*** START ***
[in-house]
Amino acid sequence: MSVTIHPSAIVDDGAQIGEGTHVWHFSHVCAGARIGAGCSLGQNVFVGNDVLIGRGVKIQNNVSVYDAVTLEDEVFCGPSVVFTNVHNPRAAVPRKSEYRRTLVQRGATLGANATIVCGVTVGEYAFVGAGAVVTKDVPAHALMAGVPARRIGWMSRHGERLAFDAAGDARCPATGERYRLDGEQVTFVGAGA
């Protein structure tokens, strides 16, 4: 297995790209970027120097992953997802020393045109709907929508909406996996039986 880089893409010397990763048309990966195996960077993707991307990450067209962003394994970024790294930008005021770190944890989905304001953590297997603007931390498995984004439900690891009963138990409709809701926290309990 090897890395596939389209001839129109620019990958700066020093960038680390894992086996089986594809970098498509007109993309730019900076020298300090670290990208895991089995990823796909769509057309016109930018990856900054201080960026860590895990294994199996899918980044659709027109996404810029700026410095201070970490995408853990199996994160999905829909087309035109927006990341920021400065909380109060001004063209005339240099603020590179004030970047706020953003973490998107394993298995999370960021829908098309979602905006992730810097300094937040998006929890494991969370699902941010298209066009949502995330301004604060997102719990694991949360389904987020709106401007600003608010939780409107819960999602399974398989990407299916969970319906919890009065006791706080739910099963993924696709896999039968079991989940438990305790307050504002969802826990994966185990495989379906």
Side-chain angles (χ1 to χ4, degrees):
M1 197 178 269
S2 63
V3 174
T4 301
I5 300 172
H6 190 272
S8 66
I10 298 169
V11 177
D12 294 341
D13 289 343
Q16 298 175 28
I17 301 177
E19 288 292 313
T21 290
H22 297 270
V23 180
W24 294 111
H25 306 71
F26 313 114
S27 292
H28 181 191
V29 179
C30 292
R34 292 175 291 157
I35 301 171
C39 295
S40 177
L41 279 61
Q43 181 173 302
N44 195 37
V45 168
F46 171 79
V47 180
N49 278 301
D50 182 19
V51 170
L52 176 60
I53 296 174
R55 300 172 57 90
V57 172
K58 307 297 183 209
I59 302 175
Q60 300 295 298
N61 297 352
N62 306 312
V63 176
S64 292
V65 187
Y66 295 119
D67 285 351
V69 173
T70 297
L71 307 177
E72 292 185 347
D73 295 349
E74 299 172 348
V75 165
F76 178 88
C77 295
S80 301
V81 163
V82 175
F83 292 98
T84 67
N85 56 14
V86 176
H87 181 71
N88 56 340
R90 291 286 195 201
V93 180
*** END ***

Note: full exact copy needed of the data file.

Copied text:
[in-house]
Amino acid sequence: MSVTIHPSAIVDDGAQIGEGTHVWHFSHVCAGARIGAGCSLGQNVFVGNDVLIGRGVKIQNNVSVYDAVTLEDEVFCGPSVVFTNVHNPRAAVPRKSEYRRTLVQRGATLGANATIVCGVTVGEYAFVGAGAVVTKDVPAHALMAGVPARRIGWMSRHGERLAFDAAGDARCPATGERYRLDGEQVTFVGAGA
């Protein structure tokens, strides 16, 4: 297995790209970027120097992953997802020393045109709907929508909406996996039986 880089893409010397990763048309990966195996960077993707991307990450067209962003394994970024790294930008005021770190944890989905304001953590297997603007931390498995984004439900690891009963138990409709809701926290309990 090897890395596939389209001839129109620019990958700066020093960038680390894992086996089986594809970098498509007109993309730019900076020298300090670290990208895991089995990823796909769509057309016109930018990856900054201080960026860590895990294994199996899918980044659709027109996404810029700026410095201070970490995408853990199996994160999905829909087309035109927006990341920021400065909380109060001004063209005339240099603020590179004030970047706020953003973490998107394993298995999370960021829908098309979602905006992730810097300094937040998006929890494991969370699902941010298209066009949502995330301004604060997102719990694991949360389904987020709106401007600003608010939780409107819960999602399974398989990407299916969970319906919890009065006791706080739910099963993924696709896999039968079991989940438990305790307050504002969802826990994966185990495989379906």
Side-chain angles (χ1 to χ4, degrees):
M1 197 178 269
S2 63
V3 174
T4 301
I5 300 172
H6 190 272
S8 66
I10 298 169
V11 177
D12 294 341
D13 289 343
Q16 298 175 28
I17 301 177
E19 288 292 313
T21 290
H22 297 270
V23 180
W24 294 111
H25 306 71
F26 313 114
S27 292
H28 181 191
V29 179
C30 292
R34 292 175 291 157
I35 301 171
C39 295
S40 177
L41 279 61
Q43 181 173 302
N44 195 37
V45 168
F46 171 79
V47 180
N49 278 301
D50 182 19
V51 170
L52 176 60
I53 296 174
R55 300 172 57 90
V57 172
K58 307 297 183 209
I59 302 175
Q60 300 295 298
N61 297 352
N62 306 312
V63 176
S64 292
V65 187
Y66 295 119
D67 285 351
V69 173
T70 297
L71 307 177
E72 292 185 347
D73 295 349
E74 299 172 348
V75 165
F76 178 88
C77 295
S80 301
V81 163
V82 175
F83 292 98
T84 67
N85 56 14
V86 176
H87 181 71
N88 56 340
R90 291 286 195 201
V93 180